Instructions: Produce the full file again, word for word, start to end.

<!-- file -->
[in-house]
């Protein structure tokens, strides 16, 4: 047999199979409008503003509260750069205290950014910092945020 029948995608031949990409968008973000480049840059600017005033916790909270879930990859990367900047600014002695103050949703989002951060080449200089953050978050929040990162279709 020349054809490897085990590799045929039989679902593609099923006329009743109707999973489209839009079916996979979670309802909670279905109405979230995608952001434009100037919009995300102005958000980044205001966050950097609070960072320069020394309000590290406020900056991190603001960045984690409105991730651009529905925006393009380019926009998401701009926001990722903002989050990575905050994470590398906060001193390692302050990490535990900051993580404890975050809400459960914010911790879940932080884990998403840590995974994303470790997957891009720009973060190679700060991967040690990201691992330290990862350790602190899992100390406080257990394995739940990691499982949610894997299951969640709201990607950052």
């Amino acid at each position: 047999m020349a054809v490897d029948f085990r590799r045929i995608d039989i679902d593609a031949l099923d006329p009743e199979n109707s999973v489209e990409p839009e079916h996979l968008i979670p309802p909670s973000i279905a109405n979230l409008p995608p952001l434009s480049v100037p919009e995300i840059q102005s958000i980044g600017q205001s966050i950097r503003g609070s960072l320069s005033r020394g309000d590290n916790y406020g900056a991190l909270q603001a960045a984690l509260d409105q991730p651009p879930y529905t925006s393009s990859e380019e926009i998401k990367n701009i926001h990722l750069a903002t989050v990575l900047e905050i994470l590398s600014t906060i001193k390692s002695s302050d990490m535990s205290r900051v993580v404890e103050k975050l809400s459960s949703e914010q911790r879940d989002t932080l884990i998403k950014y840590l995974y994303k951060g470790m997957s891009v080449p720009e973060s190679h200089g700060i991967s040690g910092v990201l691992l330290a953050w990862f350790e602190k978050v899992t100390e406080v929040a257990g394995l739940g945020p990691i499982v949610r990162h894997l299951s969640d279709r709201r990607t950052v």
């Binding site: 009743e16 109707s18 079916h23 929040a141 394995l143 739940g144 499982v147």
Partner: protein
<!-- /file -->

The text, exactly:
[in-house]
């Protein structure tokens, strides 16, 4: 047999199979409008503003509260750069205290950014910092945020 029948995608031949990409968008973000480049840059600017005033916790909270879930990859990367900047600014002695103050949703989002951060080449200089953050978050929040990162279709 020349054809490897085990590799045929039989679902593609099923006329009743109707999973489209839009079916996979979670309802909670279905109405979230995608952001434009100037919009995300102005958000980044205001966050950097609070960072320069020394309000590290406020900056991190603001960045984690409105991730651009529905925006393009380019926009998401701009926001990722903002989050990575905050994470590398906060001193390692302050990490535990900051993580404890975050809400459960914010911790879940932080884990998403840590995974994303470790997957891009720009973060190679700060991967040690990201691992330290990862350790602190899992100390406080257990394995739940990691499982949610894997299951969640709201990607950052």
């Amino acid at each position: 047999m020349a054809v490897d029948f085990r590799r045929i995608d039989i679902d593609a031949l099923d006329p009743e199979n109707s999973v489209e990409p839009e079916h996979l968008i979670p309802p909670s973000i279905a109405n979230l409008p995608p952001l434009s480049v100037p919009e995300i840059q102005s958000i980044g600017q205001s966050i950097r503003g609070s960072l320069s005033r020394g309000d590290n916790y406020g900056a991190l909270q603001a960045a984690l509260d409105q991730p651009p879930y529905t925006s393009s990859e380019e926009i998401k990367n701009i926001h990722l750069a903002t989050v990575l900047e905050i994470l590398s600014t906060i001193k390692s002695s302050d990490m535990s205290r900051v993580v404890e103050k975050l809400s459960s949703e914010q911790r879940d989002t932080l884990i998403k950014y840590l995974y994303k951060g470790m997957s891009v080449p720009e973060s190679h200089g700060i991967s040690g910092v990201l691992l330290a953050w990862f350790e602190k978050v899992t100390e406080v929040a257990g394995l739940g945020p990691i499982v949610r990162h894997l299951s969640d279709r709201r990607t950052v």
């Binding site: 009743e16 109707s18 079916h23 929040a141 394995l143 739940g144 499982v147």
Partner: protein